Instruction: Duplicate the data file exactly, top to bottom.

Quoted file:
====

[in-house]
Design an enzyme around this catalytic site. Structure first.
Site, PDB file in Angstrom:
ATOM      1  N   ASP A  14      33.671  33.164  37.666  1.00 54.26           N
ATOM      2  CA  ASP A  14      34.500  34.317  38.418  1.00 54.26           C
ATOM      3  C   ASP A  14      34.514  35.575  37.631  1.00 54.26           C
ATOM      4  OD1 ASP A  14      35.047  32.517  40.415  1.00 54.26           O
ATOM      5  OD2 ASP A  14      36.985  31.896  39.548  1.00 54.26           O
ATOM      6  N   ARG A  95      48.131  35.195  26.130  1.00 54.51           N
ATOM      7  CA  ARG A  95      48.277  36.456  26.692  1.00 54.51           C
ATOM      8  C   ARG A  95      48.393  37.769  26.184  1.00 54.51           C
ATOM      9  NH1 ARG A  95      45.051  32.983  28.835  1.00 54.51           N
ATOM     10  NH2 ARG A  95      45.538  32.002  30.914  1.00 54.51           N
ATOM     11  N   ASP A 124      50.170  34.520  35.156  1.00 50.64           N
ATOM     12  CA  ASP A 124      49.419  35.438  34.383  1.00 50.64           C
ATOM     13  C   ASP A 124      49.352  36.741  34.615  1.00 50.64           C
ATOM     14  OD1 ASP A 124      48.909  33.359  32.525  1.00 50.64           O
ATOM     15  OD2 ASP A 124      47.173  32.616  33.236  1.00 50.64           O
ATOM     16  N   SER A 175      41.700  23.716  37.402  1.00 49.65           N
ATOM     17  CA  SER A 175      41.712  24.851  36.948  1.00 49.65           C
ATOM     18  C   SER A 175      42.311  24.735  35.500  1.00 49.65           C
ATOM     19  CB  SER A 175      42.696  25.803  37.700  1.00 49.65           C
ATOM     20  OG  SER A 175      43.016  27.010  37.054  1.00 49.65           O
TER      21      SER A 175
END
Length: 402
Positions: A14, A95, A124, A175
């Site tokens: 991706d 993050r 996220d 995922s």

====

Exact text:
[in-house]
Design an enzyme around this catalytic site. Structure first.
Site, PDB file in Angstrom:
ATOM      1  N   ASP A  14      33.671  33.164  37.666  1.00 54.26           N
ATOM      2  CA  ASP A  14      34.500  34.317  38.418  1.00 54.26           C
ATOM      3  C   ASP A  14      34.514  35.575  37.631  1.00 54.26           C
ATOM      4  OD1 ASP A  14      35.047  32.517  40.415  1.00 54.26           O
ATOM      5  OD2 ASP A  14      36.985  31.896  39.548  1.00 54.26           O
ATOM      6  N   ARG A  95      48.131  35.195  26.130  1.00 54.51           N
ATOM      7  CA  ARG A  95      48.277  36.456  26.692  1.00 54.51           C
ATOM      8  C   ARG A  95      48.393  37.769  26.184  1.00 54.51           C
ATOM      9  NH1 ARG A  95      45.051  32.983  28.835  1.00 54.51           N
ATOM     10  NH2 ARG A  95      45.538  32.002  30.914  1.00 54.51           N
ATOM     11  N   ASP A 124      50.170  34.520  35.156  1.00 50.64           N
ATOM     12  CA  ASP A 124      49.419  35.438  34.383  1.00 50.64           C
ATOM     13  C   ASP A 124      49.352  36.741  34.615  1.00 50.64           C
ATOM     14  OD1 ASP A 124      48.909  33.359  32.525  1.00 50.64           O
ATOM     15  OD2 ASP A 124      47.173  32.616  33.236  1.00 50.64           O
ATOM     16  N   SER A 175      41.700  23.716  37.402  1.00 49.65           N
ATOM     17  CA  SER A 175      41.712  24.851  36.948  1.00 49.65           C
ATOM     18  C   SER A 175      42.311  24.735  35.500  1.00 49.65           C
ATOM     19  CB  SER A 175      42.696  25.803  37.700  1.00 49.65           C
ATOM     20  OG  SER A 175      43.016  27.010  37.054  1.00 49.65           O
TER      21      SER A 175
END
Length: 402
Positions: A14, A95, A124, A175
């Site tokens: 991706d 993050r 996220d 995922s």